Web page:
JANE BRYANT QUINN

Here's a little fact for investors to think about, especially investors with online accounts. Stockbrokers are being alerted to build their legal defenses, so they can't be blamed if computer missteps cost you money.

If stockbrokers are assessing their exposure to risk, maybe you should, too.

The investors that the brokers worry most about are those who buy or trade high-flying tech stocks, Internet stocks and initial public offerings. (IPOs are companies selling their stock to the public for the first time.)

Frankly, the professionals aren't sure that online investors know what they're doing. When a purchase or sale goes badly wrong, due to a misunderstanding or trading snafu, arbitration claims fall on the brokerage firms like tears.

You can't blame the broker solely because you made a mistake or lost money on a trade. But you might file a claim if the broker's computer system didn't perform as advertised, or if the risks of using it weren't fully disclosed.

Mary Schapiro worries about online firms that make investing sound "easy and instantaneous," when it's not. Schapiro heads NASD Regulation (NASDR), the regulatory arm of the National Association of Securities Dealers.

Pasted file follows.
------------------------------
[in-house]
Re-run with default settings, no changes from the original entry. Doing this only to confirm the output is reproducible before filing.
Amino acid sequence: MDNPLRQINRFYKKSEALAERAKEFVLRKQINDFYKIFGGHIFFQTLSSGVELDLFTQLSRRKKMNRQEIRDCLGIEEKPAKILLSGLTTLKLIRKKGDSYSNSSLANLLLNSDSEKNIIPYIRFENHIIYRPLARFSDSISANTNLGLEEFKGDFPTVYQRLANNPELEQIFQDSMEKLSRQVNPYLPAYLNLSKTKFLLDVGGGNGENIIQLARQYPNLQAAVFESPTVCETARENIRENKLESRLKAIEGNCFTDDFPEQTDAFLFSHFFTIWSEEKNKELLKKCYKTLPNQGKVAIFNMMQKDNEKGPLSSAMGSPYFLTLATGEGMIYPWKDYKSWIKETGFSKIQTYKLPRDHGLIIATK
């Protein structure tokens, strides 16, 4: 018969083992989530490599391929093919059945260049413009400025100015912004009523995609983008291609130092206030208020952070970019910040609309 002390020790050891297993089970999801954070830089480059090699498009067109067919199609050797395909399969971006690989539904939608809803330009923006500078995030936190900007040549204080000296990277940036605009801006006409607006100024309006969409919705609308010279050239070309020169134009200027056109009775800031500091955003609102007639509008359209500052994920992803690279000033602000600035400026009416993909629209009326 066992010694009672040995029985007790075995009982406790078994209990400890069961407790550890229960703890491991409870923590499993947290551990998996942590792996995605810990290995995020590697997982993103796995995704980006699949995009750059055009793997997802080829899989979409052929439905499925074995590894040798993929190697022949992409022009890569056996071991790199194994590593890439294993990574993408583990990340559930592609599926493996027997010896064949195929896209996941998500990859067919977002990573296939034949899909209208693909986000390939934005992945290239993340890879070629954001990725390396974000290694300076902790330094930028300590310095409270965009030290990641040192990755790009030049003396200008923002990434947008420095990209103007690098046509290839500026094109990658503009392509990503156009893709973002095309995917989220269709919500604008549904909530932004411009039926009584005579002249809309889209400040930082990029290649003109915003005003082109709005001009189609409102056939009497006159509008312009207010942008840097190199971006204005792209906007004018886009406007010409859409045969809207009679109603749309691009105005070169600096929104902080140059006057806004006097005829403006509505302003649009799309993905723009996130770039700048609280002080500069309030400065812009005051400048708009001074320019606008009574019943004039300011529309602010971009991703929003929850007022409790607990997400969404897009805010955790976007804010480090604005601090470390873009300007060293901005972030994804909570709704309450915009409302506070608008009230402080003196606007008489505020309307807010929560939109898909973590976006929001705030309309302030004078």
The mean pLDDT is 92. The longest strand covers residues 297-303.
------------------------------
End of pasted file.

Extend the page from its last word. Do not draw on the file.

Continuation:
She's actively urging online brokerage firms to make better disclosures. The Securities and Exchange Commission is looking into whether it should propose new investor-protection rules.

The risks are highest for the army of day traders, who hold fast-moving stocks for just a few hours or days, and then sell. Their version of "stock research" is to surf the message boards on the Web.

But investors with longer-term goals face serious dangers, too, if they also dabble in IPOs and Internet stocks. Those stocks can be scuttled by sudden market action that traders precipitate.

Say, for example, that you decide to buy some shares in an IPO coming to market at $15 a share. You call your broker or enter your order through an online account. You place your usual "market order" meaning that the stock will be purchased at the best available price.

But let's say that the IPO is sizzling hot. It opens the following morning at $80 and rises from there. Your order is filled at $90. Then the traders who bought for less pull out and the stock nose-dives, leaving you with an irretrievable loss.

The NASDR wants your broker to put more emphasis on "limit orders," which save you from paying more than you intended to. For a $15 IPO, for example, a limit order might specify "not over $20."

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